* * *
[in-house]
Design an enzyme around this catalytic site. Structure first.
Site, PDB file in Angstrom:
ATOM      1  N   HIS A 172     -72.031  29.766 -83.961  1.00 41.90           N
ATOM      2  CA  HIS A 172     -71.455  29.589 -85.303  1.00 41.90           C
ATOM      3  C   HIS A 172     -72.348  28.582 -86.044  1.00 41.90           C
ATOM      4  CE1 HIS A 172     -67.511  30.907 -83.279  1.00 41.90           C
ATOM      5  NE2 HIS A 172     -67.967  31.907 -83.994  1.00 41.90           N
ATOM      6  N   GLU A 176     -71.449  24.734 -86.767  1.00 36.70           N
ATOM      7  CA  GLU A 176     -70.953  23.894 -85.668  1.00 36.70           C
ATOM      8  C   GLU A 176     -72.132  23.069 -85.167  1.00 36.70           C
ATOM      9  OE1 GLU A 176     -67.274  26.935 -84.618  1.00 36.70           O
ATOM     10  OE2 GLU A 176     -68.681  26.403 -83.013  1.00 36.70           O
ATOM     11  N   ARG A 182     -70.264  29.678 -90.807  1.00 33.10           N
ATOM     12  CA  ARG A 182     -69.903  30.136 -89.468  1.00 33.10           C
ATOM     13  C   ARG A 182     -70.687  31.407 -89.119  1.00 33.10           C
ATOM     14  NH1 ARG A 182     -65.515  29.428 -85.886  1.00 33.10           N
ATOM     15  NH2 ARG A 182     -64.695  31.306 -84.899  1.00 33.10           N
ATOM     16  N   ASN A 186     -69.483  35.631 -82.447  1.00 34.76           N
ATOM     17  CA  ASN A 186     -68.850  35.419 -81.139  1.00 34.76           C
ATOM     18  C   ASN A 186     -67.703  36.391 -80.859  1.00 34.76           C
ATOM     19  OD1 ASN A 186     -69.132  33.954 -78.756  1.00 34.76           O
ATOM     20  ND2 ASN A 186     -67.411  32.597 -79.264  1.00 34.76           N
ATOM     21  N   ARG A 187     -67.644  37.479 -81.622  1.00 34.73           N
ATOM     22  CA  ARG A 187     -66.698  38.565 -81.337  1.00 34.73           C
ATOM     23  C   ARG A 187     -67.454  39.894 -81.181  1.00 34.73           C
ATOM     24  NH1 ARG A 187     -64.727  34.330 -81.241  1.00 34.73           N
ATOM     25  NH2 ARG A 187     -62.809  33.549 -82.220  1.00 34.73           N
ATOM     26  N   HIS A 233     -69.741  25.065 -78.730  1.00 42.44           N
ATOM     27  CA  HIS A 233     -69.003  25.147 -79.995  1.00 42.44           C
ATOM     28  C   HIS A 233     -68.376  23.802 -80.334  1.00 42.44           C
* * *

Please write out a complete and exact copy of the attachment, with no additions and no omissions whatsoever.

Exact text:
[in-house]
Design an enzyme around this catalytic site. Structure first.
Site, PDB file in Angstrom:
ATOM      1  N   HIS A 172     -72.031  29.766 -83.961  1.00 41.90           N
ATOM      2  CA  HIS A 172     -71.455  29.589 -85.303  1.00 41.90           C
ATOM      3  C   HIS A 172     -72.348  28.582 -86.044  1.00 41.90           C
ATOM      4  CE1 HIS A 172     -67.511  30.907 -83.279  1.00 41.90           C
ATOM      5  NE2 HIS A 172     -67.967  31.907 -83.994  1.00 41.90           N
ATOM      6  N   GLU A 176     -71.449  24.734 -86.767  1.00 36.70           N
ATOM      7  CA  GLU A 176     -70.953  23.894 -85.668  1.00 36.70           C
ATOM      8  C   GLU A 176     -72.132  23.069 -85.167  1.00 36.70           C
ATOM      9  OE1 GLU A 176     -67.274  26.935 -84.618  1.00 36.70           O
ATOM     10  OE2 GLU A 176     -68.681  26.403 -83.013  1.00 36.70           O
ATOM     11  N   ARG A 182     -70.264  29.678 -90.807  1.00 33.10           N
ATOM     12  CA  ARG A 182     -69.903  30.136 -89.468  1.00 33.10           C
ATOM     13  C   ARG A 182     -70.687  31.407 -89.119  1.00 33.10           C
ATOM     14  NH1 ARG A 182     -65.515  29.428 -85.886  1.00 33.10           N
ATOM     15  NH2 ARG A 182     -64.695  31.306 -84.899  1.00 33.10           N
ATOM     16  N   ASN A 186     -69.483  35.631 -82.447  1.00 34.76           N
ATOM     17  CA  ASN A 186     -68.850  35.419 -81.139  1.00 34.76           C
ATOM     18  C   ASN A 186     -67.703  36.391 -80.859  1.00 34.76           C
ATOM     19  OD1 ASN A 186     -69.132  33.954 -78.756  1.00 34.76           O
ATOM     20  ND2 ASN A 186     -67.411  32.597 -79.264  1.00 34.76           N
ATOM     21  N   ARG A 187     -67.644  37.479 -81.622  1.00 34.73           N
ATOM     22  CA  ARG A 187     -66.698  38.565 -81.337  1.00 34.73           C
ATOM     23  C   ARG A 187     -67.454  39.894 -81.181  1.00 34.73           C
ATOM     24  NH1 ARG A 187     -64.727  34.330 -81.241  1.00 34.73           N
ATOM     25  NH2 ARG A 187     -62.809  33.549 -82.220  1.00 34.73           N
ATOM     26  N   HIS A 233     -69.741  25.065 -78.730  1.00 42.44           N
ATOM     27  CA  HIS A 233     -69.003  25.147 -79.995  1.00 42.44           C
ATOM     28  C   HIS A 233     -68.376  23.802 -80.334  1.00 42.44           C